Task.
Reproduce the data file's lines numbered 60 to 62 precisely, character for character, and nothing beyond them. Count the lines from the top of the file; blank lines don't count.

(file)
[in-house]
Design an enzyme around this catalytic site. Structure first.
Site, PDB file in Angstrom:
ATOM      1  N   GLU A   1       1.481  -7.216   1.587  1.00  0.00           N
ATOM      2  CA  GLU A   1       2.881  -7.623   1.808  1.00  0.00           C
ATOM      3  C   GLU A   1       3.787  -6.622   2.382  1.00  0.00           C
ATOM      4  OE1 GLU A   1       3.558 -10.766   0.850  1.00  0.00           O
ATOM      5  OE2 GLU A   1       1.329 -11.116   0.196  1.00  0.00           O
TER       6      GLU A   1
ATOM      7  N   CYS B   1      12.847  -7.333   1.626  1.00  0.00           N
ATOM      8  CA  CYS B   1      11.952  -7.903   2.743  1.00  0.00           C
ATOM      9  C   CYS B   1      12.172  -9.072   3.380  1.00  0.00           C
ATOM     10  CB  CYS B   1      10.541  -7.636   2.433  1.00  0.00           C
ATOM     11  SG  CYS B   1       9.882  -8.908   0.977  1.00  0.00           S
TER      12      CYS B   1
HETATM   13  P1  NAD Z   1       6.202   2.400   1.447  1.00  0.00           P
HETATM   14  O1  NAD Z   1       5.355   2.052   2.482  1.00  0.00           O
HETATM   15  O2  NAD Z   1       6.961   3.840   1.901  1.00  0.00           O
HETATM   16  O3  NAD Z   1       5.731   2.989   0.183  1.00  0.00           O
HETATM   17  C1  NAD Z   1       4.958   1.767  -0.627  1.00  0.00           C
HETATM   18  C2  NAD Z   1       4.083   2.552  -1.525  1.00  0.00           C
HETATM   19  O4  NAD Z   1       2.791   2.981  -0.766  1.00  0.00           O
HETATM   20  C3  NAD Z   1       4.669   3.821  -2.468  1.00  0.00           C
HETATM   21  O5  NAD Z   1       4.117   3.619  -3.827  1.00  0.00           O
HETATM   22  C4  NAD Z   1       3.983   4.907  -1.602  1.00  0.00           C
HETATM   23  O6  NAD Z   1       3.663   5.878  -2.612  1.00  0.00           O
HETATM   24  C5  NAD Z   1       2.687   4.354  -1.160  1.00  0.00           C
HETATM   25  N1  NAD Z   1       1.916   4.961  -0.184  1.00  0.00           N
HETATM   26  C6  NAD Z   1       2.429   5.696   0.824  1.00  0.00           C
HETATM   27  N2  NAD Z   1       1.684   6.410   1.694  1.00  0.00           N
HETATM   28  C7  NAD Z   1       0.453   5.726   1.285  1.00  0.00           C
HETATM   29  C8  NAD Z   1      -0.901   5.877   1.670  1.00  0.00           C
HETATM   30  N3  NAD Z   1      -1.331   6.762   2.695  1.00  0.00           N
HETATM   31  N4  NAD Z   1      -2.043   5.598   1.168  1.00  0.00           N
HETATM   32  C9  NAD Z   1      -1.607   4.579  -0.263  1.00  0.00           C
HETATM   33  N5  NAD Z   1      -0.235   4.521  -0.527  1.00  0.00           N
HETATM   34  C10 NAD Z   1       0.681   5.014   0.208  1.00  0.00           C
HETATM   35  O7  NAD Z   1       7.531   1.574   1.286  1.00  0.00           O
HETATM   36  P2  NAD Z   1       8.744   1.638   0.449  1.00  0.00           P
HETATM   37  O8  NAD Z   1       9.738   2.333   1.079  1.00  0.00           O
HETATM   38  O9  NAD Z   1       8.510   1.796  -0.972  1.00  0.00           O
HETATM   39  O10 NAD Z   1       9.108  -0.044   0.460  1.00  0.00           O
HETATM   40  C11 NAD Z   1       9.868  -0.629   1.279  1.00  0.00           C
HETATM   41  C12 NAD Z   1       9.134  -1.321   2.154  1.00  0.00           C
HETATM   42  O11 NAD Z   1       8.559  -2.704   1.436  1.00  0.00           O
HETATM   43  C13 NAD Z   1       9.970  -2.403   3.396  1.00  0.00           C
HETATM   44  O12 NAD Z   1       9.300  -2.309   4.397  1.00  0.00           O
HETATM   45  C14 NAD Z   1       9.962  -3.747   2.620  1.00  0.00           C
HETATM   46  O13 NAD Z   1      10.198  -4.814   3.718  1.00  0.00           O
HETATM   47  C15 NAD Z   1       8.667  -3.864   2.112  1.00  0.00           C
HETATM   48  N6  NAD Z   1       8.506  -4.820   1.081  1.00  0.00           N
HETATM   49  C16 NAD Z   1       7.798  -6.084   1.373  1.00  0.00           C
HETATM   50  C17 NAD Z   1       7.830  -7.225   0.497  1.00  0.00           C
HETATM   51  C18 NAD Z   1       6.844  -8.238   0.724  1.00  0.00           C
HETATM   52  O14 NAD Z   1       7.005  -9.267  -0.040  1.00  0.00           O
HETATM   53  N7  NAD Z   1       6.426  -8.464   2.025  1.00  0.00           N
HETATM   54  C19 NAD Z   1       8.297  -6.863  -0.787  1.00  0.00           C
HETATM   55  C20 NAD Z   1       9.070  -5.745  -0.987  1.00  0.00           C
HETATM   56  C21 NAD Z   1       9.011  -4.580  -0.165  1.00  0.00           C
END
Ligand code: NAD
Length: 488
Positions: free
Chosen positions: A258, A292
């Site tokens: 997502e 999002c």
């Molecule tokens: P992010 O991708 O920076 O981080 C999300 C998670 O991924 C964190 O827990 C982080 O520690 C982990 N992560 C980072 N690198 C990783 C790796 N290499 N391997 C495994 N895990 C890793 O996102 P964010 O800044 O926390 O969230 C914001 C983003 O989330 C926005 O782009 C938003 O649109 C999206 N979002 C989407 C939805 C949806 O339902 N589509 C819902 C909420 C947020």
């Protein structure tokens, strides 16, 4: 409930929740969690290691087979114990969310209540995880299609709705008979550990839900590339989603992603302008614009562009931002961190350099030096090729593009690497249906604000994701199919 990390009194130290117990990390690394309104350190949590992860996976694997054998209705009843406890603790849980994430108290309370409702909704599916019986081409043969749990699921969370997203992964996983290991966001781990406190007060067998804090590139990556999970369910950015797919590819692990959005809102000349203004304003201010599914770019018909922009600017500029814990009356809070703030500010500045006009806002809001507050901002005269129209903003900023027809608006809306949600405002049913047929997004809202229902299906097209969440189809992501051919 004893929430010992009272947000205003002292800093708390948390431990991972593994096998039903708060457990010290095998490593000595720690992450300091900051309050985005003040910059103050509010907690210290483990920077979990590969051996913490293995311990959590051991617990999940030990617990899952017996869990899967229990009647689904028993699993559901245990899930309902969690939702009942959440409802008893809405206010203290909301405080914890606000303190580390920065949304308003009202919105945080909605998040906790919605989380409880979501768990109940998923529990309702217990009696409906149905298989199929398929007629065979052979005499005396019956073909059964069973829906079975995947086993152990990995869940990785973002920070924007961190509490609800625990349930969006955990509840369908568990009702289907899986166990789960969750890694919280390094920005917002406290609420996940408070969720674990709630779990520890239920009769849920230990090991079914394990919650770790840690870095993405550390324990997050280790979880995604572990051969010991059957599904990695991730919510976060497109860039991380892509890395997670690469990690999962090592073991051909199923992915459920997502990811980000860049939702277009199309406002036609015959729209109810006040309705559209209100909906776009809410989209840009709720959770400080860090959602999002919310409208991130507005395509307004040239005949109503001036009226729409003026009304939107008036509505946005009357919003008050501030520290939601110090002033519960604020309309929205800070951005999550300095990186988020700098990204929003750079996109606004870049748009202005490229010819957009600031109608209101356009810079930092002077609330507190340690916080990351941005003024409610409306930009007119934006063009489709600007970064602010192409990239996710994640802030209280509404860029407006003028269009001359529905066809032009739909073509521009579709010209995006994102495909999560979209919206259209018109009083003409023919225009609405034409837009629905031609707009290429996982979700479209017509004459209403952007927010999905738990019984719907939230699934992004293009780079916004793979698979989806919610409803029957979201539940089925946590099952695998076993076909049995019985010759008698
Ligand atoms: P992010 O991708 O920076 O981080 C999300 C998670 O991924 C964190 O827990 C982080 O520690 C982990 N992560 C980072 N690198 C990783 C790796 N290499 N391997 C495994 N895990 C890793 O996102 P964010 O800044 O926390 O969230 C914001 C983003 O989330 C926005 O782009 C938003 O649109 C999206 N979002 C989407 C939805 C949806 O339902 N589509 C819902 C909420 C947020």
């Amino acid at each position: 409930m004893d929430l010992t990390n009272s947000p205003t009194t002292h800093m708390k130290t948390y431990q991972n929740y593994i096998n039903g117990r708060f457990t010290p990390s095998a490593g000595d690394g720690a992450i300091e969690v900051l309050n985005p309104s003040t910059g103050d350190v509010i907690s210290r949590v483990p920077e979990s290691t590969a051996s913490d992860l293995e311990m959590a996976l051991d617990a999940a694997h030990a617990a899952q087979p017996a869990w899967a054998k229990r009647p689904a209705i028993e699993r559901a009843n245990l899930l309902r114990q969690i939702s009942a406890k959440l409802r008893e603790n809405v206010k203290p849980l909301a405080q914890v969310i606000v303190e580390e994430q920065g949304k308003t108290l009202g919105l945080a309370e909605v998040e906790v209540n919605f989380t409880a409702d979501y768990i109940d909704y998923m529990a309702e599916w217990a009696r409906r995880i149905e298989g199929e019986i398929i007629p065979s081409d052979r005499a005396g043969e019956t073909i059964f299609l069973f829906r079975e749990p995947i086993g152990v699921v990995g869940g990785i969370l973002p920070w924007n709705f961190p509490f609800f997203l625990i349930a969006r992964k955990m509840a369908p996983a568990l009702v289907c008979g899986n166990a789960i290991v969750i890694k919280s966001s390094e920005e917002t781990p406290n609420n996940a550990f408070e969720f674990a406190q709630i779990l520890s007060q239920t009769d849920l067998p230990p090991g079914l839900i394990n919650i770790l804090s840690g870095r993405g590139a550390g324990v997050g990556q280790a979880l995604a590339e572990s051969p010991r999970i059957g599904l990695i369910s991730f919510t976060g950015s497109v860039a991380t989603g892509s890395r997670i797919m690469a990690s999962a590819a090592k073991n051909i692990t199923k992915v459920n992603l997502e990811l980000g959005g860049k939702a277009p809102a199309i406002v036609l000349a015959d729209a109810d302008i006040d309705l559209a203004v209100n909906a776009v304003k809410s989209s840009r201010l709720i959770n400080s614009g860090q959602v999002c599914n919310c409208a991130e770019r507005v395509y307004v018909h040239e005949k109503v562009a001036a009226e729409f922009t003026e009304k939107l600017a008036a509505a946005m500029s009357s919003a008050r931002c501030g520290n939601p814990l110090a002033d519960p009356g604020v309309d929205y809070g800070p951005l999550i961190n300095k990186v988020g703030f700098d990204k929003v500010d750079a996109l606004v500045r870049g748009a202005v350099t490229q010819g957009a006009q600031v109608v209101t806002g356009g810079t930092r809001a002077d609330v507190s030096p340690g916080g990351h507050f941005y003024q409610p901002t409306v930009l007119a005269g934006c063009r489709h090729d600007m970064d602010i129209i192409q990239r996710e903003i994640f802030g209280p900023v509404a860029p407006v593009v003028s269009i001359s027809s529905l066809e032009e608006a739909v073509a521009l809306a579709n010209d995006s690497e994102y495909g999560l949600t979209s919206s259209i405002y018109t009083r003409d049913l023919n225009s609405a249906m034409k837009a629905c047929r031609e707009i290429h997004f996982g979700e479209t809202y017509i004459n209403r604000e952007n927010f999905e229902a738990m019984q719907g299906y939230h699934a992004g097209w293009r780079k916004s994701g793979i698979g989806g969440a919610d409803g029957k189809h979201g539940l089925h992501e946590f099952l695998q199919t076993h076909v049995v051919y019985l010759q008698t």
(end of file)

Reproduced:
END
Ligand code: NAD
Length: 488